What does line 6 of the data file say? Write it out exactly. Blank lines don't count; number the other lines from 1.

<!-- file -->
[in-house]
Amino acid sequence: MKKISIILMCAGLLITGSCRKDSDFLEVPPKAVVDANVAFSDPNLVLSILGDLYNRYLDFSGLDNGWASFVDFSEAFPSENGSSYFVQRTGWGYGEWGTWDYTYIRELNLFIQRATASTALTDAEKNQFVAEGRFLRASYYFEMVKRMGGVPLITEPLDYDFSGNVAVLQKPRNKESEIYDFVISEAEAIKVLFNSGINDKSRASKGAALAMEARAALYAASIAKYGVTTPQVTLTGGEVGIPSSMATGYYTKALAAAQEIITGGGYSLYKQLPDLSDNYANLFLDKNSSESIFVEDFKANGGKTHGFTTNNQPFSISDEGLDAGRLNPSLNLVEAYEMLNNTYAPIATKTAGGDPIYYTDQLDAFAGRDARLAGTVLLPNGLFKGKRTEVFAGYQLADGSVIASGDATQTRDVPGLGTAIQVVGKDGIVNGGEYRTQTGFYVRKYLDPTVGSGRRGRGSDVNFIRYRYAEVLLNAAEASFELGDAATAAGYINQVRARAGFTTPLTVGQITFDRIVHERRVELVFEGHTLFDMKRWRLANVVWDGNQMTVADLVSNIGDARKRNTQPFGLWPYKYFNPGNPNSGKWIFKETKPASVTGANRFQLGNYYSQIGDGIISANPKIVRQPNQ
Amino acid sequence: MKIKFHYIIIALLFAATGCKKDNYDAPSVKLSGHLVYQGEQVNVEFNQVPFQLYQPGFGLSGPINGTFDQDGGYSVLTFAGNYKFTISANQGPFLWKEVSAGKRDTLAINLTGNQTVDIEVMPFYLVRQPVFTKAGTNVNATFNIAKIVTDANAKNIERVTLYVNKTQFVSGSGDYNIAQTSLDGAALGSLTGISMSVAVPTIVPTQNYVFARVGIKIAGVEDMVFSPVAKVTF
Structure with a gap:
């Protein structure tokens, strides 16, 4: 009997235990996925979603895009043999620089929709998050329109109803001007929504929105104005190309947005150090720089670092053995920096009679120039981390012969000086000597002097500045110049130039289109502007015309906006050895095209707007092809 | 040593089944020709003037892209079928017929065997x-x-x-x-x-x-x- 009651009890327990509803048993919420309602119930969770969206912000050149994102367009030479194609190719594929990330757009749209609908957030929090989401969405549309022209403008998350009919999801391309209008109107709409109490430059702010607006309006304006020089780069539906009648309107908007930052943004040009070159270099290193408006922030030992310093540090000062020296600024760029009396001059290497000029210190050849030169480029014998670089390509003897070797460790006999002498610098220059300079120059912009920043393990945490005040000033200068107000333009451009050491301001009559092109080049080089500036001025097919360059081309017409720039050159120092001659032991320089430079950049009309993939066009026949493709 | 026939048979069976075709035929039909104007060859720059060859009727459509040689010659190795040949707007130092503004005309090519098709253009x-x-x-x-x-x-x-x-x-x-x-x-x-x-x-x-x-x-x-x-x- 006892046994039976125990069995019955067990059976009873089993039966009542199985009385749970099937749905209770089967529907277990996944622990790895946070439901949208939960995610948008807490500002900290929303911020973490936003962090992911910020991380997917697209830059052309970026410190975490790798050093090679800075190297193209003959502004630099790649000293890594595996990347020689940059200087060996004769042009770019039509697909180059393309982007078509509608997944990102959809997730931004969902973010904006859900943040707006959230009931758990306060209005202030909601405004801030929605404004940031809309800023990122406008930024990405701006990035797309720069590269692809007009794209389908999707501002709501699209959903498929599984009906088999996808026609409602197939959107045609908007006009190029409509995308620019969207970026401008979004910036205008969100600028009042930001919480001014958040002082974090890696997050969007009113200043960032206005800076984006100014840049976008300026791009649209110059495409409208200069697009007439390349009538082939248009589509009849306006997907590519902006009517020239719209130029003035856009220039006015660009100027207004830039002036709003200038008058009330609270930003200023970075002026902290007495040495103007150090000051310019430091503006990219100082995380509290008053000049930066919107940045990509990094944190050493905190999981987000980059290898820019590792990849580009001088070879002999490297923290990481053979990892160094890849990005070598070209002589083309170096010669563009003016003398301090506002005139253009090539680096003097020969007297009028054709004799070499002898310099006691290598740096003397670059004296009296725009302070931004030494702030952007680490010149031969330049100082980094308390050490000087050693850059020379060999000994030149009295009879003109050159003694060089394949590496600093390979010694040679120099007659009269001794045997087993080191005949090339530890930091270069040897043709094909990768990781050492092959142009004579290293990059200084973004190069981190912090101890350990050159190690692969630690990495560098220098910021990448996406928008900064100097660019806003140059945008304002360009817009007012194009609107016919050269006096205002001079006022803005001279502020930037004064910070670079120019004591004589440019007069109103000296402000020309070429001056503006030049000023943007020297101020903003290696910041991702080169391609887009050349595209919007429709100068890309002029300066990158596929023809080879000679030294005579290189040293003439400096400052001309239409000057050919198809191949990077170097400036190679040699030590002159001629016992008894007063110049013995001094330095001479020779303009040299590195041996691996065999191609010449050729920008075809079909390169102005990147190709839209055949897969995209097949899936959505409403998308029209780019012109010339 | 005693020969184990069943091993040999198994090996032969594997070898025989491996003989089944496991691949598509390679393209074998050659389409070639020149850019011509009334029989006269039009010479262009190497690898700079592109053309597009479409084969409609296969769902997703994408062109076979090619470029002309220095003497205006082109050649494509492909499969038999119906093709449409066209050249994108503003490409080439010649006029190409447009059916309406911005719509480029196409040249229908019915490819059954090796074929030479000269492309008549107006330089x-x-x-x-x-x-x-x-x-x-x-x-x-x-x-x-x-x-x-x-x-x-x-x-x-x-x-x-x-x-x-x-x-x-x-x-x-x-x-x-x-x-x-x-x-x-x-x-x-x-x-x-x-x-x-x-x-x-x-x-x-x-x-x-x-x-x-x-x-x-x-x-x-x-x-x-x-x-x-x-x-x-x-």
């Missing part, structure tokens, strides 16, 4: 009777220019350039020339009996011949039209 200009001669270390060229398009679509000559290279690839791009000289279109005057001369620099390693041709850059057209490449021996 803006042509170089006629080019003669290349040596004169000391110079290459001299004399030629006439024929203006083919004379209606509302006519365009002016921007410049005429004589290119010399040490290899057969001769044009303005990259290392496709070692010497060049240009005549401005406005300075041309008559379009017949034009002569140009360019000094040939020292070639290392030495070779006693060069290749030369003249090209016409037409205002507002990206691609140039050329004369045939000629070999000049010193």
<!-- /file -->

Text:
């Missing part, structure tokens, strides 16, 4: 009777220019350039020339009996011949039209 200009001669270390060229398009679509000559290279690839791009000289279109005057001369620099390693041709850059057209490449021996 803006042509170089006629080019003669290349040596004169000391110079290459001299004399030629006439024929203006083919004379209606509302006519365009002016921007410049005429004589290119010399040490290899057969001769044009303005990259290392496709070692010497060049240009005549401005406005300075041309008559379009017949034009002569140009360019000094040939020292070639290392030495070779006693060069290749030369003249090209016409037409205002507002990206691609140039050329004369045939000629070999000049010193």